1925 Music – Pop Standards and Artists

1925 Pop Standards and Artists

Vincent Lopez
I Want To Be Happy
The song was written for the 1925 musical No No Nannette and is one of the most remembered pieces from the show. It was recorded first by Carl Fenton but hit the charts with the Vincent Lopez recording. The song would go onto be recorded by orchestra leader great Benny Goodman and crooner, Bing Crosby.

Ben Bernie
Sweet Georgia Brown
Sweet Georgia Brown is both a jazz and pop tune standard it was originally written in 1925 by Maceo (music) and Ben Bernie (lyrics). Ben Bernie would be the first to record it along with his Hotel Roosevelt Orchestra on March 19th. The song would stay at #1 for five weeks. The song would go on to be recorded by Ray Charles, Nancy Sinatra and Roberta Flack. Dixie Carter did a hysterical version in an episode of Designing Women. But the song is most widely known as the theme song for basketball’s Harlem Globetrotters. 

Ben Selvin
Manhattan
Manhattan was written by the songwriting team of Richard Rodgers and Lorenz Hart and would endure as one of their most popular songs. The song was originally written for the Garrick Gaieties Revue in 1925 and was sung by Sterling Halloway who would later become the original voice of Walt Disney’s Winnie the Pooh.

Manhattan would long endure and be recorded by such artists as Mickey Rooney, Rod Stewart, and Bette Midler. It was recently recorded by John Barrowman Doctor Who and Torchwood’s Captain Jack Harkness.

Blossom Seeley
Yes sir that’s my Baby
Music by Walter Donaldson and lyrics by Gus Kahn, the song has a fascinating story about its composition, which may or may not be true. The story is reprinted here from Wikipedia.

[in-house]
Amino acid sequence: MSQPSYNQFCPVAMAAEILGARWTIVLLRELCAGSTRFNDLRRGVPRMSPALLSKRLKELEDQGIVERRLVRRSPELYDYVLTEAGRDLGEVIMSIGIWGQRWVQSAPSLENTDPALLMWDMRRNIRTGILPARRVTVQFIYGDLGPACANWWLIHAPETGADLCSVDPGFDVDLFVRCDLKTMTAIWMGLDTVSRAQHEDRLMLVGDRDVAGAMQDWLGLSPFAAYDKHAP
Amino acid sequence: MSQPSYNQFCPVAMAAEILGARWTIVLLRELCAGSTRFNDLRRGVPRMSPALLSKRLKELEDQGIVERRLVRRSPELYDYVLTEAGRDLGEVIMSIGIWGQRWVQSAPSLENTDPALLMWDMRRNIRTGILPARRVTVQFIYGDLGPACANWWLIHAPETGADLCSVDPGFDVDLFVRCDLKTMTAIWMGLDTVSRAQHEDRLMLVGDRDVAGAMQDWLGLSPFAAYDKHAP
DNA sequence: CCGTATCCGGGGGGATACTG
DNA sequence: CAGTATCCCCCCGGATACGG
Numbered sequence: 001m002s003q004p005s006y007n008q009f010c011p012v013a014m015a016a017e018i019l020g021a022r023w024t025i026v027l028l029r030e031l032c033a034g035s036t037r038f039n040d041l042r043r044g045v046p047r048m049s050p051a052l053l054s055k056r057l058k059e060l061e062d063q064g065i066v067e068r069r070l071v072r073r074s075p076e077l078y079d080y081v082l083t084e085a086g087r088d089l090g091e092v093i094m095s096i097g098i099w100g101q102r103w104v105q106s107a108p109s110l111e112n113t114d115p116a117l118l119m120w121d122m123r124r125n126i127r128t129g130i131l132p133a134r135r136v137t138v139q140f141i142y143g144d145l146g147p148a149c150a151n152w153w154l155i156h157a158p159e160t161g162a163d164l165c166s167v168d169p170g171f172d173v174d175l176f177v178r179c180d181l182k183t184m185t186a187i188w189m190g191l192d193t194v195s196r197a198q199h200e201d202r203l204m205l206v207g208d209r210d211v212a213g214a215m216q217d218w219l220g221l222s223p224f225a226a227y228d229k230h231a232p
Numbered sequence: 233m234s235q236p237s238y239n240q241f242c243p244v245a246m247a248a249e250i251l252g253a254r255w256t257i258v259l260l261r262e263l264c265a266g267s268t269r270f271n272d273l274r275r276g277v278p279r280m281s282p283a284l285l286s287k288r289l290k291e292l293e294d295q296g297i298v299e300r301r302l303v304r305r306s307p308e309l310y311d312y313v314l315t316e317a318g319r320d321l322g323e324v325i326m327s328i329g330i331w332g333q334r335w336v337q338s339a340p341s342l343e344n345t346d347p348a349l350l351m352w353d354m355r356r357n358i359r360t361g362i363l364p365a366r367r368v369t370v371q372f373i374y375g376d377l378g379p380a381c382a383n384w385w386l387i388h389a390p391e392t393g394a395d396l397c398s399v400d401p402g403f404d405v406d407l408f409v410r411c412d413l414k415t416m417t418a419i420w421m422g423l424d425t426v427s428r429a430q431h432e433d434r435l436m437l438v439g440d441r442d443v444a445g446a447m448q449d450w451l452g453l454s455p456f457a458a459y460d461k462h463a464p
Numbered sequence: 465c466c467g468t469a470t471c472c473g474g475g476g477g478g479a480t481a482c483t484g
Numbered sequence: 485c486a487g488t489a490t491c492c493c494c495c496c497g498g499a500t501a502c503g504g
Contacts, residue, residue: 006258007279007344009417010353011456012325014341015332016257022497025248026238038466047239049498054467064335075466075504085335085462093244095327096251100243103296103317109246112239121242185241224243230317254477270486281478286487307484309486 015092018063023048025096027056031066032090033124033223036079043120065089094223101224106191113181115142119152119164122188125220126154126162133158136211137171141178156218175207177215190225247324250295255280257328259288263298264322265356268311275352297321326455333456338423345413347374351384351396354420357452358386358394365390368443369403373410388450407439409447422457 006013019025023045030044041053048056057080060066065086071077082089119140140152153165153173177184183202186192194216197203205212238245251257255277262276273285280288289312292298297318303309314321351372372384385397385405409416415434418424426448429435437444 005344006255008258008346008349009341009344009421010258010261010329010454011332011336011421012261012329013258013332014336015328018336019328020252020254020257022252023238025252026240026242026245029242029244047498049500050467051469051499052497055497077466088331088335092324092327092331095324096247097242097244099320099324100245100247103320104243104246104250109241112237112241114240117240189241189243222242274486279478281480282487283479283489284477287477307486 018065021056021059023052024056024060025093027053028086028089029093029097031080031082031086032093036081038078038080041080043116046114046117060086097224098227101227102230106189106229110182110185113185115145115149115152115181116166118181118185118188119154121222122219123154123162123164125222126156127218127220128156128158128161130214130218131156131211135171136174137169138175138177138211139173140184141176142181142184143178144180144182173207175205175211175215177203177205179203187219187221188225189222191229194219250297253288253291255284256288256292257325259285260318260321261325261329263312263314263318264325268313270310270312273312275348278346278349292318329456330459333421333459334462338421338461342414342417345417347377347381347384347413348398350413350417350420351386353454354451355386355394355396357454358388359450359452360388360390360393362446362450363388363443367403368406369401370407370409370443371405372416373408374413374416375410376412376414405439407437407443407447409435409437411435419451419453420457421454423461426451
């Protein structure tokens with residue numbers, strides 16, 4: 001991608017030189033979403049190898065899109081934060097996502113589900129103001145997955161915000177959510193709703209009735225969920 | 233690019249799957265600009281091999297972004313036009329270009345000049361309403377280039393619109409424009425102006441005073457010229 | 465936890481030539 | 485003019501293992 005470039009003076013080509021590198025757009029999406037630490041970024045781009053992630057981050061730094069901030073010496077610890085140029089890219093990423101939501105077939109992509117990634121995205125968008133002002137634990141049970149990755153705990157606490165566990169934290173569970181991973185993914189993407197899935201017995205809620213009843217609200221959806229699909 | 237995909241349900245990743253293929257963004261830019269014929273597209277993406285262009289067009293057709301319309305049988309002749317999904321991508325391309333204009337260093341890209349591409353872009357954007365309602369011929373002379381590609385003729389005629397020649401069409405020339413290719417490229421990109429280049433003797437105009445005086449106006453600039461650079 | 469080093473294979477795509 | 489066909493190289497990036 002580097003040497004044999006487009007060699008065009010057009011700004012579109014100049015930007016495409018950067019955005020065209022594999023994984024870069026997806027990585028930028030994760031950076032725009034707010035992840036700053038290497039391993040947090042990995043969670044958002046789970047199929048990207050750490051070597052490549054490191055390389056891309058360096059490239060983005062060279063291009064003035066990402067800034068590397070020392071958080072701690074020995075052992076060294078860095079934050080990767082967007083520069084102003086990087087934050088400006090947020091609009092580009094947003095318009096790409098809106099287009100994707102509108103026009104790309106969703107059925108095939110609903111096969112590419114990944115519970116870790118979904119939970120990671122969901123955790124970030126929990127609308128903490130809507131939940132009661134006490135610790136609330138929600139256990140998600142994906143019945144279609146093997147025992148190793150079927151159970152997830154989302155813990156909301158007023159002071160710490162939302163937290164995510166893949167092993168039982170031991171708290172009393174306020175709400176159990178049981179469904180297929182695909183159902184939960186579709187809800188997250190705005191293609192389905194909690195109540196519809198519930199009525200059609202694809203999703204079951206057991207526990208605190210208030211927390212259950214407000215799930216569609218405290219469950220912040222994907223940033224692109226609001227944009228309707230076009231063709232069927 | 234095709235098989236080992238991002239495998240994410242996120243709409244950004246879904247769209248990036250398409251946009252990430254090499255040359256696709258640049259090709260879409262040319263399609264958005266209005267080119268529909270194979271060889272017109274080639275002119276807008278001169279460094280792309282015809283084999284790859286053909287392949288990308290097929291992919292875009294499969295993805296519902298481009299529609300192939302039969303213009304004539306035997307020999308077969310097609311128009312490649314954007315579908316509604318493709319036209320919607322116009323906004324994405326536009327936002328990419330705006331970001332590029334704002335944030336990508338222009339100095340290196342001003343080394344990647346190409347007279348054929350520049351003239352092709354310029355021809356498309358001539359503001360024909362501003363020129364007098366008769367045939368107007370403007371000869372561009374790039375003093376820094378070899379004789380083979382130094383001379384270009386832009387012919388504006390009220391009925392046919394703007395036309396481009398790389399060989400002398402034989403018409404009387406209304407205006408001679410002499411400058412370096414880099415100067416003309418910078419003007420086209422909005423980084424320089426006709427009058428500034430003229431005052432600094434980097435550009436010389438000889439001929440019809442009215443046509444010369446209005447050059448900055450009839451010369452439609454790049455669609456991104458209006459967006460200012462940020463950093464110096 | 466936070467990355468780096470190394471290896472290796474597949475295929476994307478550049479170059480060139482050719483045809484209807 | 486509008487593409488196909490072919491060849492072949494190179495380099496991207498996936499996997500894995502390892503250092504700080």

According to one source, the song was written when Donaldson & Kahn were visiting Eddie Cantor. Cantor’s daughter Marjorie brought out one of her favorite toys, a walking mechanical pig. She wound it up and it started walking in rhythm while 2 notes kept coming from the little creature. Kahn was inspired and started working lyrics to these notes in rhythm with the pig, coming up with the title and the opening line of the chorus in short order. The song has been recorded in many different styles such as Jazz, Rock, Marimba and Country.

Eddie Cantor
If You knew Susie
“If You Knew Susie” written by Buddy DeSylva and Joseph Meyer. The song written in 1925 was Cantor’s best-known hit from the 1920s. It stayed as the United States Number One song for 5 weeks.

John McCormack

Moonlight and Roses
Moonlight and Roses originally had no title at all but was simply known as op. 83 #2 when it was first written by 1888 by Edwin Lemare. Lemare did not attach any words to the song either. It was in 1921 that American Songwriters Ben Black and Neil Moret added words to the music without permission. Lamare, who was still alive threatened legal action in 1925 and received a share of the royalties. Lamare originally received 3 shillings in 1892 for his composition in 1925 he finally received good money for his work.